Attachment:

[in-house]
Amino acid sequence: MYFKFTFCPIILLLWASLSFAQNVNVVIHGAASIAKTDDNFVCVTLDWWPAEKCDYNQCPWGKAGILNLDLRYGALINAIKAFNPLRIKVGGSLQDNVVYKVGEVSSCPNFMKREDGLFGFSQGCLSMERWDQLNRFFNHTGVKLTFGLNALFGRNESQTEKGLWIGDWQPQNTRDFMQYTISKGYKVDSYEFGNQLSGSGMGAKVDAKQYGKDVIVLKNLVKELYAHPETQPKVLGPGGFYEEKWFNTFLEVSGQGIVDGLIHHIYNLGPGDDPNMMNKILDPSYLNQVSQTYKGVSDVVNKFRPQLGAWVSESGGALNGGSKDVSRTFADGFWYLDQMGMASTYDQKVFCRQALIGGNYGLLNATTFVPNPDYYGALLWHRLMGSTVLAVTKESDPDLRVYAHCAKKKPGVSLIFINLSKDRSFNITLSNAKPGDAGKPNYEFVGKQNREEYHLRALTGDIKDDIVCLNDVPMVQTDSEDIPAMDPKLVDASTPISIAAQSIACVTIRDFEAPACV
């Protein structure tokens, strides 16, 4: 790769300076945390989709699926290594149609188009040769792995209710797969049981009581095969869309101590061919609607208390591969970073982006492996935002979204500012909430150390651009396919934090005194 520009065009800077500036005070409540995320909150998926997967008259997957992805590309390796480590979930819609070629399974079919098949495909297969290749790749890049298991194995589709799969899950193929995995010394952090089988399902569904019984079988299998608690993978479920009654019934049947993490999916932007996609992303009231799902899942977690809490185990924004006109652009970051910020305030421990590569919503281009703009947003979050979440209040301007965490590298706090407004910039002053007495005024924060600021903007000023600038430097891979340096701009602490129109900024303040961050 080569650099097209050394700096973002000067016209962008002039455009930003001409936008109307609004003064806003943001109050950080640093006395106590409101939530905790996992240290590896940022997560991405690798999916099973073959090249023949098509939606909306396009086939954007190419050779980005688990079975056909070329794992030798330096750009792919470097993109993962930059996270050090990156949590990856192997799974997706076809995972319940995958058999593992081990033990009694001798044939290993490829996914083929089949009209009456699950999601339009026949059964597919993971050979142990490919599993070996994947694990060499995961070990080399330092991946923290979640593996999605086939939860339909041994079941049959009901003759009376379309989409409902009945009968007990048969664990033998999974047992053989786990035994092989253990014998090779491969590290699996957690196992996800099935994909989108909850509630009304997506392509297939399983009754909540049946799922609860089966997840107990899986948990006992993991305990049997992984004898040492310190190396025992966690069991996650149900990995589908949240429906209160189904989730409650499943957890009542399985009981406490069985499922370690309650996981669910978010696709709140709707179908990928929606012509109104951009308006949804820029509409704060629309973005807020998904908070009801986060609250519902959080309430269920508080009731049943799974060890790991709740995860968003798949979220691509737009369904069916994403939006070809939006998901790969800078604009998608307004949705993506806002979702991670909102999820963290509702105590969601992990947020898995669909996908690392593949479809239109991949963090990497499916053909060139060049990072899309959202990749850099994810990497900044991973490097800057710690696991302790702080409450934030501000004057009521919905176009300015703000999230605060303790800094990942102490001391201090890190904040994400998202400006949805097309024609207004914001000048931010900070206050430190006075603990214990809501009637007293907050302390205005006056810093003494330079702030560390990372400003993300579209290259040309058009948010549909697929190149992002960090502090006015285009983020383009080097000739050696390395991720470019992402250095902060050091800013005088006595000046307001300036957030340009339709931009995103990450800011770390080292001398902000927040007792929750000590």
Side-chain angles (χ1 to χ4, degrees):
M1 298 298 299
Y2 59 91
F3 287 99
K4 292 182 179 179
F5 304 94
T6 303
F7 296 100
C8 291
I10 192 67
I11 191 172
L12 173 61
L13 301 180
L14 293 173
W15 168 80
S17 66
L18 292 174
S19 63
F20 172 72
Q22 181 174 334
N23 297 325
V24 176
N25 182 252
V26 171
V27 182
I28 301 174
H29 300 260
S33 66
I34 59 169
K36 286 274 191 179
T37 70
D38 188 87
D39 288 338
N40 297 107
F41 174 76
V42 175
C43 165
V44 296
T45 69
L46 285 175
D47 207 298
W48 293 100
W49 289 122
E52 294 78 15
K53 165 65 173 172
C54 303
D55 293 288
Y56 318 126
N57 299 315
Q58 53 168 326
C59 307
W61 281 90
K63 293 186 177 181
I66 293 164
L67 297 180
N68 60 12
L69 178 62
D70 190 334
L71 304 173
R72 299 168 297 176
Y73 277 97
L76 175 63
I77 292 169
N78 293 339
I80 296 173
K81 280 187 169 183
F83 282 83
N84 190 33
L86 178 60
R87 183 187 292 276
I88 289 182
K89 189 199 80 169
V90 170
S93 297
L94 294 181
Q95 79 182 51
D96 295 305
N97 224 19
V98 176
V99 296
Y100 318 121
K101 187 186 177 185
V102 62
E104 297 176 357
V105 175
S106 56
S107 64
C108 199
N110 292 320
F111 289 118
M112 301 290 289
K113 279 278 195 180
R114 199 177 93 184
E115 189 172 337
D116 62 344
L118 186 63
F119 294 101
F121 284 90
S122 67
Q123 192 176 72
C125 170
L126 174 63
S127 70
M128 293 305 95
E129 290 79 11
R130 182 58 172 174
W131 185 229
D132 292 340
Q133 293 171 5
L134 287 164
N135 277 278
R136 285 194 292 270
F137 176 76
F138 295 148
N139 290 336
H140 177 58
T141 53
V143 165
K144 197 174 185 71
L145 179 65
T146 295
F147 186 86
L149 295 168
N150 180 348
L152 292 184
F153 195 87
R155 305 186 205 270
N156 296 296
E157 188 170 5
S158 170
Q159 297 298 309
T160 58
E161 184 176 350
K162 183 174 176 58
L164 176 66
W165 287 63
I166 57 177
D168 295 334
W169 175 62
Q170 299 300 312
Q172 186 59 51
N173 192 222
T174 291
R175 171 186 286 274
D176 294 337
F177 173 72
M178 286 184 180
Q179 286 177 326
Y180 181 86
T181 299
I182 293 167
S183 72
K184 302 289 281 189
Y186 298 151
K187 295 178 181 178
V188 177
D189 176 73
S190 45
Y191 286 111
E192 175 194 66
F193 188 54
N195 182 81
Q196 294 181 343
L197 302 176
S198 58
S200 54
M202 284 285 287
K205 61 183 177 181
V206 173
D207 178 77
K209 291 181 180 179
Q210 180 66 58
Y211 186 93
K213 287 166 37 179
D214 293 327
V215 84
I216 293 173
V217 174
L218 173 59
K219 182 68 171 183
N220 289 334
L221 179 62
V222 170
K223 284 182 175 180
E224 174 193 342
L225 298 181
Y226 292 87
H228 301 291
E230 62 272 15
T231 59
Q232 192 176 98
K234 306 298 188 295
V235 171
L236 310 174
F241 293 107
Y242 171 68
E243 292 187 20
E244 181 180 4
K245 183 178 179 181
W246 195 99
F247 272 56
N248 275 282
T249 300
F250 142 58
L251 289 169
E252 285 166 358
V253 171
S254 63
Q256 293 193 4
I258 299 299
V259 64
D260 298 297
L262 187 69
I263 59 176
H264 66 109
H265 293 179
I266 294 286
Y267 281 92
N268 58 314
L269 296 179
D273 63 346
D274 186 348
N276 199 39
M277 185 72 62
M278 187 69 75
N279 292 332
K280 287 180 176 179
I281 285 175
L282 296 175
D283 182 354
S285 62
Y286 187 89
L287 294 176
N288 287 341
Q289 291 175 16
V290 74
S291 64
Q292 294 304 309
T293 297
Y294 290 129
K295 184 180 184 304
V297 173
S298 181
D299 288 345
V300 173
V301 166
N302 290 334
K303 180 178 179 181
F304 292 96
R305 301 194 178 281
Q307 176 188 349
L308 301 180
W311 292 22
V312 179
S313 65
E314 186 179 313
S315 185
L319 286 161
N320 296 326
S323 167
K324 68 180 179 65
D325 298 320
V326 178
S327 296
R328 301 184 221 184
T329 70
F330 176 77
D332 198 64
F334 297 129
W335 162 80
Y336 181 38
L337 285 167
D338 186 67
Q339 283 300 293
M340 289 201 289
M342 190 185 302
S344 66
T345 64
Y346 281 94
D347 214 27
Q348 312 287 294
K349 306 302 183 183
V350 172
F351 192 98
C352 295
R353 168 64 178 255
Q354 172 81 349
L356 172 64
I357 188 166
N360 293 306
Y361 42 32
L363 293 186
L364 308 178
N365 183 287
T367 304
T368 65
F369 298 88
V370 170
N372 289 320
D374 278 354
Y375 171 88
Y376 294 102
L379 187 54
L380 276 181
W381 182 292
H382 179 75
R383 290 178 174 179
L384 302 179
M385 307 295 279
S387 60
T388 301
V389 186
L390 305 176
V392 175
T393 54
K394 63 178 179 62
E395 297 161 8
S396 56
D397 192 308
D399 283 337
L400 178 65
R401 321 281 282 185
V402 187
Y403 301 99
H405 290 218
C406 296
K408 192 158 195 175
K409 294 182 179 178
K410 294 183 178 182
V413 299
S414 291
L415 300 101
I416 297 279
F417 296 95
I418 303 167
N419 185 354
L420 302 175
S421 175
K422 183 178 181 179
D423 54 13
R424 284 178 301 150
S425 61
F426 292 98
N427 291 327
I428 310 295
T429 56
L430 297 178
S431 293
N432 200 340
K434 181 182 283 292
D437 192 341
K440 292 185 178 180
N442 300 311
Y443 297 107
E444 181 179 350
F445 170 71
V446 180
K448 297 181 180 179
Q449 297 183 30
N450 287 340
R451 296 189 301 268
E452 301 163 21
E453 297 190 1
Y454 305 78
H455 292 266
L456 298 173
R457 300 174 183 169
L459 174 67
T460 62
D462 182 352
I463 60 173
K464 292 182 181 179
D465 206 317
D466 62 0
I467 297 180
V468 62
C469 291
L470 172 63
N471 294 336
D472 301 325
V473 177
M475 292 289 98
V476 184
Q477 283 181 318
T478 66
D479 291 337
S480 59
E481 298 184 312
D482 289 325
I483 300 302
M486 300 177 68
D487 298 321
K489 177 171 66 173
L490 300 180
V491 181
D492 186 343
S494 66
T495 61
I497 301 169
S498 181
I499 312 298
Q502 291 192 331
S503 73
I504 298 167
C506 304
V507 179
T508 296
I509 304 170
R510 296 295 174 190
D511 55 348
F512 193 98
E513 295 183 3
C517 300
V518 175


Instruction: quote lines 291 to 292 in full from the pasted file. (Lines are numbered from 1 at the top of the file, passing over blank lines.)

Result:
L356 172 64
I357 188 166